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US Urges Restraint by Ethiopians After Election Violence


The United States Tuesday urged a speedy investigation into the killing of an opposition politician in Ethiopia, where disputed parliamentary elections have triggered widespread political violence.

More than 30 people have been killed in the post-election unrest including Tesfaye Adane Jara, an opposition politician elected to parliament but shot to death Sunday, allegedly by security forces, in a town south of the capital Addis Ababa.

At a news briefing, State Department Spokesman Sean McCormack said the United States has expressed concern to Ethiopian authorities about the death, which has become a rallying point for opposition supporters who allege that May 15th parliamentary elections were rigged to favor the government:

"We've been informed that an investigation has begun into that incident and that we believe that that investigation should be done quickly, should be done in a transparent manner and those who are responsible for this act should be held accountable," Mr. McCormack said. "We also have talked about the fact that any violence or threat of violence is unacceptable. All sides need to step back from violence. The way to resolve questions and issues with respect to the election is to let the political process unfold.

The State Department late Monday issued a written statement condemning what it said had been the unnecessary use of excessive force in post-election clashes in Ethiopia, and extending deepest sympathies to the families of those killed.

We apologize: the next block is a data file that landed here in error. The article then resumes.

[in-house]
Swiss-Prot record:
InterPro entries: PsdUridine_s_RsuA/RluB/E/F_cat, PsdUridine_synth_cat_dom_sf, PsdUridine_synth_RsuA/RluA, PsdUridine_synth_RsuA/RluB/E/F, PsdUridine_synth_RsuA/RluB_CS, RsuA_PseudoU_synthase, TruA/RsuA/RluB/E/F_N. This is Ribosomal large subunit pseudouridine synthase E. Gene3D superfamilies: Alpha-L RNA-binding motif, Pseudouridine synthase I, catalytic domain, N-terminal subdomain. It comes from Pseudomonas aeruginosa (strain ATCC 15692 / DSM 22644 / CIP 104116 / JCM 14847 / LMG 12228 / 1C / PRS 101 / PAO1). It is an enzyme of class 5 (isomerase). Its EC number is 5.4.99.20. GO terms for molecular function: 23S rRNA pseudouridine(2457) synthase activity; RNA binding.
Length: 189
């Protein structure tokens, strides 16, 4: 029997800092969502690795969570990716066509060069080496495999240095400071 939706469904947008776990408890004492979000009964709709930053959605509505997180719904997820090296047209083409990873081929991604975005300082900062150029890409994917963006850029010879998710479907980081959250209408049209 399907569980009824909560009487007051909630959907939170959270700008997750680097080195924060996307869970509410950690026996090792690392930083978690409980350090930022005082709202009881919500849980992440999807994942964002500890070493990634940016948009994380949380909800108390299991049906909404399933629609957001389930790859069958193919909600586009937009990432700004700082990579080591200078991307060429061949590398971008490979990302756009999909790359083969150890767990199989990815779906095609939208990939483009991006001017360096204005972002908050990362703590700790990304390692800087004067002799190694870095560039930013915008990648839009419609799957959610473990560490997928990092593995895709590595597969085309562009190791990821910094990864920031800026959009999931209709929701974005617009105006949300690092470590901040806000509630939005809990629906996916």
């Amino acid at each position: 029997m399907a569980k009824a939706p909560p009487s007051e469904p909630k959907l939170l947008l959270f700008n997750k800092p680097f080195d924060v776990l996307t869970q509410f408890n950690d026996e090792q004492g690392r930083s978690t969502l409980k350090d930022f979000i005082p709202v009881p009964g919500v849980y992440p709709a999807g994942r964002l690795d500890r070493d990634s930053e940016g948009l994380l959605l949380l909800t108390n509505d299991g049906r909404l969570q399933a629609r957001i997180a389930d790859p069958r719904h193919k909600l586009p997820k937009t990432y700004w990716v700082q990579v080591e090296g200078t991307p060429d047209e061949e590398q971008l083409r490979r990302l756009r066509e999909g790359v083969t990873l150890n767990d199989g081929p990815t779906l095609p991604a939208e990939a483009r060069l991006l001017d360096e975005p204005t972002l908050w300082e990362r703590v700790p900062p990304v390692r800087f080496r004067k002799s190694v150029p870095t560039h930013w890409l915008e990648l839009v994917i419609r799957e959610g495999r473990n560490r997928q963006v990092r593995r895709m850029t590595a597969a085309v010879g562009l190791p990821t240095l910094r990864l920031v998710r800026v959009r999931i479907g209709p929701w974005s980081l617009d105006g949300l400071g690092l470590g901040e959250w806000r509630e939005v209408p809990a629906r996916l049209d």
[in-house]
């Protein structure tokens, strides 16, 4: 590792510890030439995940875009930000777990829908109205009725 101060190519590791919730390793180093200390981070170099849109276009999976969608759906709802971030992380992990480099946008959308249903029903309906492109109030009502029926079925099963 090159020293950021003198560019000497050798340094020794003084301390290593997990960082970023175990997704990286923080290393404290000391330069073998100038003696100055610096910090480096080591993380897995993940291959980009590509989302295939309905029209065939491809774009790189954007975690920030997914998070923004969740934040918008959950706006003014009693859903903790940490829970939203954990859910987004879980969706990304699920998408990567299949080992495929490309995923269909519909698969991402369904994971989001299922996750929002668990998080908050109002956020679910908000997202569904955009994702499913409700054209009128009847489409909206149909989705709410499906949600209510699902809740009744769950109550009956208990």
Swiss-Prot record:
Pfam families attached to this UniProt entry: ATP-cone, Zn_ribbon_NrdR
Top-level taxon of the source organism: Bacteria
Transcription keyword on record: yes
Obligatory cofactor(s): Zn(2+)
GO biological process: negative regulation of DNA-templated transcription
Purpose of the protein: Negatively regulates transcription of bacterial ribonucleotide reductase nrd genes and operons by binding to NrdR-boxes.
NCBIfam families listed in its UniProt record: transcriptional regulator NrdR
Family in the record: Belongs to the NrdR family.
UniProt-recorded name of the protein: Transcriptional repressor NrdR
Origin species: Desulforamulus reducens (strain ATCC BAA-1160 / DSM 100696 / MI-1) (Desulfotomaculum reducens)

In follow-up comments Tuesday, Mr. McCormack said the United States is urging restraint on the part of all elements of Ethiopian society, including police and federal security forces who he said should conduct themselves in accordance with international principles of human rights.

He also said arrested individuals should be granted due process according to Ethiopian law.

Ethiopian human rights groups say more than three thousand people have been rounded up by police in a crackdown that followed last week's violence centered in Addis Ababa.

The unrest erupted June 6 as students defied a government ban on demonstrations to protest alleged irregularities in the parliamentary election.

Final returns are not due until July 8 but provisional results released by the country's electoral commission showed the ruling coalition winning comfortably.

Secretary of State Condoleezza Rice discussed the situation in a call to Ethiopian Prime Minister Meles Zenawi late last week.

Spokesman McCormack said she underscored in private the public calls the United States is making for restraint.

He said the Bush administration is examining its policies toward Ethiopia but gave no indication that stronger action beyond its public statements is being considered.

Several hundred Ethiopian students and other U.S. residents demonstrated peacefully outside the State Department Tuesday, urging the Bush administration to do more to promote democracy and the rule of law in their homeland.

In its statement Monday, the State Department commended political truce efforts between the government and opposition in Ethiopia brokered by the European Union.

A new deal committing the sides to resolving election disputes peacefully was concluded Tuesday in Addis Ababa after an initial pact collapsed in the wake of last week's violence.

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